Should We Go to Church on Saturday or Sunday?

Bill Brinkworth

The fourth of the ten commandments given to Israel by Moses states, “Remember the sabbath day, to keep it holy” (Ex. 20:8). When the Sabbath day was observed, one could not leave his home (Ex. 16:29), could not build a fire (Ex. 35:3), and could not work (Deut. 5:14). Anyone breaking the rules on Saturday would be put to death (Ex. 31:15). It was serious not to observe that day properly. Because of this seriousness, it is understood why many today wonder, “Should I worship on Saturday?”

To understand why today’s day of worship should be on Sunday, one should first know why the Sabbath was first instituted. It was started so that Israel would remember that they were slaves in Egypt and God had set them free from their bondage: “But the seventh day [Saturday] is the sabbath … And remember that thou wast a servant in the land of Egypt, and that the LORD thy God brought thee out thence through a mighty hand and by a stretched out arm: therefore the LORD thy God commanded thee to keep the sabbath day” Deut. 5:14,15.

Modern day Christians are not to remember they were freed from Egypt’s hand. The observance of the Sabbath was for the Old Testament Jew. We are not under Old Testament laws: “But that no man is justified by the law in the sight of God, it is evident: for, The just shall live by faith. And the law is not of faith …” Galatians 3:11-12. One trusting in Christ’s finished work on the cross is free from the law’s bondage: “Stand fast therefore in the liberty wherewith Christ hath made us free, and be not entangled again with the yoke of bondage” Gal. 5:1. This is why the law of the Sabbath is not mentioned in the New Testament; it is not for those living by faith in the resurrected Christ. Nine of the ten commandments are (Mat. 19:18, Rom. 13:9) in the New Testament, but the one about the Sabbath was not reaffirmed.

The significance of the Sabbath changed when Christ came. Old Testament believers were waiting and looking forward to the Messiah’s coming. Those that still hold to the Old Testament’s keeping of the Sabbath are saying, by their beliefs and practices, that they are still waiting for Him to come. Christ has come. All changed when He came.

Jesus’ resurrection could easily have been on the Sabbath, but it was on Sunday morning as stated in the gospels (Mat. 28:1, Mark 16:2, Luke 24:1, John 20:1). His resurrection and many other important events happened on the first day of the week. Jesus was declared to be the Son of God on Sunday (Rom. 1:4). Pentecost also occurred on Sunday (Lev. 23:15-16). After Jesus died, there was much emphasis on the first day of the week.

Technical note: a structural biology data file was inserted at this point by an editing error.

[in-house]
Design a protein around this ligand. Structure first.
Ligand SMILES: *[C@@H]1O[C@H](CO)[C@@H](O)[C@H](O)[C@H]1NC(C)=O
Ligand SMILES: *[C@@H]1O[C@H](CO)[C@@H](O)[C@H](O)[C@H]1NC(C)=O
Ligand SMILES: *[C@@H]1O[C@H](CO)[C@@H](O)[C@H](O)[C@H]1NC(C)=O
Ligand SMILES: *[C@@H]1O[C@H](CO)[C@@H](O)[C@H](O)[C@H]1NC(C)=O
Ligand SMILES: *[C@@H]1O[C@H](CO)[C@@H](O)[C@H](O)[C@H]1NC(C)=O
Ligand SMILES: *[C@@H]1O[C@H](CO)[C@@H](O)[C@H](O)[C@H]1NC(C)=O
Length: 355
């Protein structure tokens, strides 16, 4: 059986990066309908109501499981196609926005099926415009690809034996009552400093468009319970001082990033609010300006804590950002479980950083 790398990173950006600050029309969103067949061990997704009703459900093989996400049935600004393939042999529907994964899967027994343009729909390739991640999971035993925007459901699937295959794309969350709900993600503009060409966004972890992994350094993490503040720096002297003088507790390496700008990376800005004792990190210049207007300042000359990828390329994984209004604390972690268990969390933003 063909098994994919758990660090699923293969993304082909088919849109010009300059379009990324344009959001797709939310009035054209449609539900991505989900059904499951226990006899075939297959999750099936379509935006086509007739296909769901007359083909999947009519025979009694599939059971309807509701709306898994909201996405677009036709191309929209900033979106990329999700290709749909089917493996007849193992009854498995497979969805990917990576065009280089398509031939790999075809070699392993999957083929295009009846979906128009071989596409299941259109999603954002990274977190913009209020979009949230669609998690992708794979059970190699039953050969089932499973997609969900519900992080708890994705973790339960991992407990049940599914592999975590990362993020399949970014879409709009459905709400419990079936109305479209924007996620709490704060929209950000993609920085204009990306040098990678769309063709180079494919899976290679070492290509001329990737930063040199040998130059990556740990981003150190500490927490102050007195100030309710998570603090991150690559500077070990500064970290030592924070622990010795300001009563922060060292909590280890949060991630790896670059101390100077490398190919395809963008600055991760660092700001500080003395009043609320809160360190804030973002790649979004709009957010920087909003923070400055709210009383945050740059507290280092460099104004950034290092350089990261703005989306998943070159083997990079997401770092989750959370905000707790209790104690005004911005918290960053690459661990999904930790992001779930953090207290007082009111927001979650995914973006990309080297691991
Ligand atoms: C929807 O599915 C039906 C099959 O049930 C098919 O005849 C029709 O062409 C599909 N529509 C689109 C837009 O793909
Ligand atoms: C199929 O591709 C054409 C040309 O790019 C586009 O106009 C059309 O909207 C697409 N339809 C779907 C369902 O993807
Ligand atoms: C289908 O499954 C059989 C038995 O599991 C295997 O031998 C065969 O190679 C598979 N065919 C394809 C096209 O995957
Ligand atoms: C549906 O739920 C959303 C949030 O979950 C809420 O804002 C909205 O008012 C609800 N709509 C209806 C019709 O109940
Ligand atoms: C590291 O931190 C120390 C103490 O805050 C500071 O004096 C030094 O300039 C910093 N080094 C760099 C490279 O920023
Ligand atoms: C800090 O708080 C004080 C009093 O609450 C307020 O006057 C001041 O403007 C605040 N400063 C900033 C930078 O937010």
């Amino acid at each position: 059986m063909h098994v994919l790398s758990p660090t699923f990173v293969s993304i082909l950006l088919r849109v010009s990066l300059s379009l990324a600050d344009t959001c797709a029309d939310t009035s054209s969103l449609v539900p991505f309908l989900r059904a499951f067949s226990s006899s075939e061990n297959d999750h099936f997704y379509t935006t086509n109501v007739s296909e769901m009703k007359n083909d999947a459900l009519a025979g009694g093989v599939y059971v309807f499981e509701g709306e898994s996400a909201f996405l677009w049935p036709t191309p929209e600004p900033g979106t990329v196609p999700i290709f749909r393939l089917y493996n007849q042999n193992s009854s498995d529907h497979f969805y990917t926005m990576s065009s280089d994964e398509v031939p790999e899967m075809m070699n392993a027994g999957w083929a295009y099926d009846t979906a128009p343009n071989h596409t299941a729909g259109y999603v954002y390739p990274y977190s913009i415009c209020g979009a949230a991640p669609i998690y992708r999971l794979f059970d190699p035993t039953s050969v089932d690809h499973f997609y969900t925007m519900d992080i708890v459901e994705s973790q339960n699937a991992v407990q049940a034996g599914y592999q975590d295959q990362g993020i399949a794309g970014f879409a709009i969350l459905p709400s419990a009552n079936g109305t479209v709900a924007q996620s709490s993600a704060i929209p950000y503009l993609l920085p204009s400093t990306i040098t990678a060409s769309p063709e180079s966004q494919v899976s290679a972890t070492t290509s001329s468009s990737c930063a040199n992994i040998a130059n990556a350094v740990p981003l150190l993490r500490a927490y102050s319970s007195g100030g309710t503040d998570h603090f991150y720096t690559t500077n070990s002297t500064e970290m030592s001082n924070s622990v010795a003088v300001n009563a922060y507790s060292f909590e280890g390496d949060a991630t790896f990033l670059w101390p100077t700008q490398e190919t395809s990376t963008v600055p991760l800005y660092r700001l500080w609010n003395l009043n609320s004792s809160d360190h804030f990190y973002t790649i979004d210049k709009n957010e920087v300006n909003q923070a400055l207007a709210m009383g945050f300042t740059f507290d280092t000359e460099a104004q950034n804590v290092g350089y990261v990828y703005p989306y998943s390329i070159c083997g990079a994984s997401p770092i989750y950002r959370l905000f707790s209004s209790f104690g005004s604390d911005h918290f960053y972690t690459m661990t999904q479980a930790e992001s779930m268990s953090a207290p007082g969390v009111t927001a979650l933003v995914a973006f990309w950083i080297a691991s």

Many teach that Constantine changed the day of worship to Sunday in AD 321, but the early church worshipped on Sunday before the New Testament was even completed. The Bible reveals how worship was often every day (Acts 2:46), but soon the main worship day was the first day of the week (Sunday):
“Then the same day at evening, being the first day of the week, when the doors were shut where the disciples were assembled for fear of the Jews, came Jesus and stood in the midst, and saith unto them, Peace be unto you.” John 20:19
“And upon the first day of the week, when the disciples came together to break bread, Paul preached unto them, ready to depart on the morrow; and continued his speech until midnight.” Acts 20:7 Notice the Lord’s Supper was also observed on Sunday.

After Paul purposed to minister to the gentiles, the Sabbath was never mentioned. Unless someone was ministering to the Jews directly and met with them in their synagogue (Acts 17:1-2), all meetings of the early church were on Sunday. Even offerings were taken up on the first day of the week (I Cor. 16:1-2).

We are not commanded to make one day holier than another: “One man esteemeth one day above another: another esteemeth every day alike. Let every man be fully persuaded in his own mind. He that regardeth the day, regardeth it unto the Lord; and he that regardeth not the day, to the Lord he doth not regard it. …” Rom. 14:5-6. The Sabbath is still on Saturday, but the emphasis, for one trusting on Christ and not keeping the law now is on the first day of week, not the last. There is no direct Scripture saying that Sunday is now the Sabbath either. We are to have the attitude to put a day aside to make God and His Word a priority along with fellowshipping with His people. Sunday is the day we need to put aside for the Lord! 

““What is your priority on Sunday: fishing, soccer matches, the super market, or the one it should be, church?”

 This article was featured in The Bible View #357.

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